NZ sheep producers have found they can make more money by managing and marketing female and male lambs differently.
An on-farm trial involving 15 top-performing North Island farmers found that when it comes to finishing and processing lambs, there is money to be made in treating male and female lambs differently.
The farmers, who supply lambs to Progressive Meats, used Beef + Lamb New Zealand farmer-initiated technology transfer funding to analyse the records for 42,000 lambs across two seasons in 2011-12 and 2012-13.
The trial looked at the links between feed, breed and gender on saleable meat yield with the help of geneticist Aimee Charteris, who looked for patterns and insights into on-farm factors influencing saleable meat yield, carcase weight and fatness.
Information was recorded on farm prior to processing, then compared against the individual animals’ carcase weights, fatness levels and saleable meat yields. Results were consistent between the two seasons.
Ewe lambs fatter, but similar in carcase weight and yield
The study found ewe lambs were on average fatter than males of the same age. However, there was no significant difference between carcase weight and saleable meat yield. Ewe lambs should therefore be processed earlier than male lambs, if the processing specifications demand lower fat cover, the trial found.
Researchers found that identifying different sexes – particularly of terminal-sired lambs – and adjusting their feeding regime and timing of processing can improve the bottom line.
“For example, to avoid ewe lambs having a lower saleable meat yield, they could be separated at weaning, condition score monitored and processed earlier, at lower live weights than males.
“In another example, castrating small male lambs at docking and leaving bigger male lambs entire – to be processed pre-autumn – avoids a drop in saleable meat yield during autumn.”
The study also found that single-born lambs were heavier, fatter and had lower saleable meat yields than twin lambs.
“Single born lambs should be processed earlier to achieve better saleable meat yields, although further investigation is needed to determine the optimal age.
“There may also be a need to easily identify single-born lambs, at drafting time,” researchers said.
Trial reinforced importance of treating sexes differently
North island farmer group spokesman and Horizon Farming Limited general manager Stuart Ellingham said the trial analysis reinforced the importance of treating different sexes of lambs differently.
“The main message I took out of the trial was that farmers tend to treat lambs as lambs.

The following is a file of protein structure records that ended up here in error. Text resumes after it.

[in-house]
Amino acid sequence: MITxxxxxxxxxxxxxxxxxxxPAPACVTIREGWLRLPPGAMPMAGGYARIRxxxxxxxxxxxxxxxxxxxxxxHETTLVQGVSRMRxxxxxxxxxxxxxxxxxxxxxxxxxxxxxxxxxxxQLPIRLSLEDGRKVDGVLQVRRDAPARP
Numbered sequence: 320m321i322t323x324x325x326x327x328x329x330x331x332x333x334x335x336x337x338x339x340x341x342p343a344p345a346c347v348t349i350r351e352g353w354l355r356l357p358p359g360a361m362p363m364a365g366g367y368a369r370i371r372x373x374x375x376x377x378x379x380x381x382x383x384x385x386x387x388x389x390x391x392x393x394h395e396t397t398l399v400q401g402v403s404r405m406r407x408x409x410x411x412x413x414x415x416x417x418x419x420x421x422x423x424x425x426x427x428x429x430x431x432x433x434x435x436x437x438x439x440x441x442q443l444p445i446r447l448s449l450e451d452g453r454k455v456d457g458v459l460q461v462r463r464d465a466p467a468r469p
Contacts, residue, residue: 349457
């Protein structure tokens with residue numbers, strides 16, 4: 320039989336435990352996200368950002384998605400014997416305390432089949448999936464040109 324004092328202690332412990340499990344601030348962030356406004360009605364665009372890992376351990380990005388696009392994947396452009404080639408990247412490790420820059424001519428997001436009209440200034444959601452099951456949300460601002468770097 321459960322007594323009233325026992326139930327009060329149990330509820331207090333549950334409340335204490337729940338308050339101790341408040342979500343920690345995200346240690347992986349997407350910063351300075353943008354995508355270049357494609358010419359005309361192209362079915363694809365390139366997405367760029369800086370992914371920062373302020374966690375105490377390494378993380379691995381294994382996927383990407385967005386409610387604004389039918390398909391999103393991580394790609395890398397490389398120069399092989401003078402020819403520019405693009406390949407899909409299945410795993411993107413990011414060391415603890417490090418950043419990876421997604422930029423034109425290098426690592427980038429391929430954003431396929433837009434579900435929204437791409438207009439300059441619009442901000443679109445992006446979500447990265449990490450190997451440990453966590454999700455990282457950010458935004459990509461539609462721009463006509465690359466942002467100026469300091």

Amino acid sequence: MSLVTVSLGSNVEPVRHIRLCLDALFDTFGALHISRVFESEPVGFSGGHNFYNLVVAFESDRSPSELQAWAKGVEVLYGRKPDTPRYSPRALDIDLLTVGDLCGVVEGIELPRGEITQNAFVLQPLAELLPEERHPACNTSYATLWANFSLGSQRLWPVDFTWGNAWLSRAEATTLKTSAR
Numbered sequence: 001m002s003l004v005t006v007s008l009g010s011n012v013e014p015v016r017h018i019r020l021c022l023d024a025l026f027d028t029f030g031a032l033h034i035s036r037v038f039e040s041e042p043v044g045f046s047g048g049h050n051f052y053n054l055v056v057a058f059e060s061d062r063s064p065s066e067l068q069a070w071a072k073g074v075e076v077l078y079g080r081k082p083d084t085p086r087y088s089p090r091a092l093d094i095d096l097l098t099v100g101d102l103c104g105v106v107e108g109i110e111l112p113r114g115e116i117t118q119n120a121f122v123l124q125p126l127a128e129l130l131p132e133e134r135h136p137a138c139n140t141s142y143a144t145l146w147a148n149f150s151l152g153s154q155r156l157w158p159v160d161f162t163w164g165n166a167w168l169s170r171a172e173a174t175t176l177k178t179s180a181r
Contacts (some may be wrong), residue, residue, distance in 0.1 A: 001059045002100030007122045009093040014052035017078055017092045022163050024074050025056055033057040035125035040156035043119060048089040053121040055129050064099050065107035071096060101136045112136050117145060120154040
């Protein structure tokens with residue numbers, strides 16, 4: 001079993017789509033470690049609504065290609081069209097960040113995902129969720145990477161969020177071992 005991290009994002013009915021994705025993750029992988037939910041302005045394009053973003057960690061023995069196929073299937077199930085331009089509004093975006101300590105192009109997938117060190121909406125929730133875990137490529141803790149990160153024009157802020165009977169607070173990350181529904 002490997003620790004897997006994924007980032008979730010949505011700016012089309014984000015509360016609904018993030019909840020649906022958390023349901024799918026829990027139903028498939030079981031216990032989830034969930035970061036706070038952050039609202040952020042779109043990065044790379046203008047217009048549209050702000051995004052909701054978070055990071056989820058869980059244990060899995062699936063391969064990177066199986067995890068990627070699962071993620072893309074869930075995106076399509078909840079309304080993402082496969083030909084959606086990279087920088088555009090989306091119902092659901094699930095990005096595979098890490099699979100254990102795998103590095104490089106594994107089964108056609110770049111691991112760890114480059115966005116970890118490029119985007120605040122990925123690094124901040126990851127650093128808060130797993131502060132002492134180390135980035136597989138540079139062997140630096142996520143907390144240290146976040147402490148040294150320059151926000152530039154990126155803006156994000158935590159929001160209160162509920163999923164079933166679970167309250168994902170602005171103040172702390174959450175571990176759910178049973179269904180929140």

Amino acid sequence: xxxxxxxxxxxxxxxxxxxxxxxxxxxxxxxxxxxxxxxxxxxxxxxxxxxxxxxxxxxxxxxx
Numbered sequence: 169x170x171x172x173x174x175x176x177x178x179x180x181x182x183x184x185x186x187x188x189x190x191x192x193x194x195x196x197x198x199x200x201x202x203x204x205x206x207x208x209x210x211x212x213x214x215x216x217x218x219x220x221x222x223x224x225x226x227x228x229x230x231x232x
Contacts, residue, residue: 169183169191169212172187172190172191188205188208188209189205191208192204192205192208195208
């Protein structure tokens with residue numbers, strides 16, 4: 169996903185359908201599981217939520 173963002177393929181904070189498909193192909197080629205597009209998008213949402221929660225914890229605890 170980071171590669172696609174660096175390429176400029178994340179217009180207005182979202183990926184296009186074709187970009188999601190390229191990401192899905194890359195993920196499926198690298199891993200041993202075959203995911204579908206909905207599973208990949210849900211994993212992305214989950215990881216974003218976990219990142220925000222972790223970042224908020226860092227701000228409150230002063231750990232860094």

“They don’t separate out different sexes and recognise what the different sexes are doing at different times of the year,” he said.
“This method of management is particularly noticeable in terminal-sired lambs, where all sexes tend to be treated the same.
“An entire male lamb is different from a wether lamb, which is different from a cryptorchid, which is different from a ewe lamb.”
Mr Ellingham said these differences are notable in autumn in NZ, when lambs reach sexual maturity.
“If we are going to leave male lambs entire, we need to process them by February to optimise their meat characteristics – that is, the dressing out percentage and saleable meat yield. Both are important.
“When it comes to female lambs, you don’t want to be killing them in March or April,” he said.
“Their meat quality characteristics that you are paid for – depending on your processor – drop right off over that period. So process before or after that.”
More feeding research is needed
The study found there were significant differences in carcase weight and fatness and meat yield across the lambs, when fed different feed types, but the results were not consistent over the season.
Across the supply season – October to September – there were considerable decreases in saleable meat yield, particularly through March and April – and across both seasons (see graphs below). The variations were linked to a combination of declining feed quality and lambs reaching sexual maturity. The group concluded that it was financially worthwhile for individual farmers to evaluate their own systems to identify opportunities to address this March/April yield drop off.
Ms Charteris said a more structured feeding trial is planned for this year.
“So we can make sure we identify exactly what the effect is and the size of effect and ensure it absolutely is the feed type that is causing the significant differences.”
Researchers said before on-farm changes can be recommended, more work is needed to understand breed and feed variations. There is also potential to investigate the correlation between dressing out percentage and saleable meat yield.
To download a copy of the project’s final report click on this link: How on-farm factors influence saleable meat yield
Source: Beef+Lamb New Zealand
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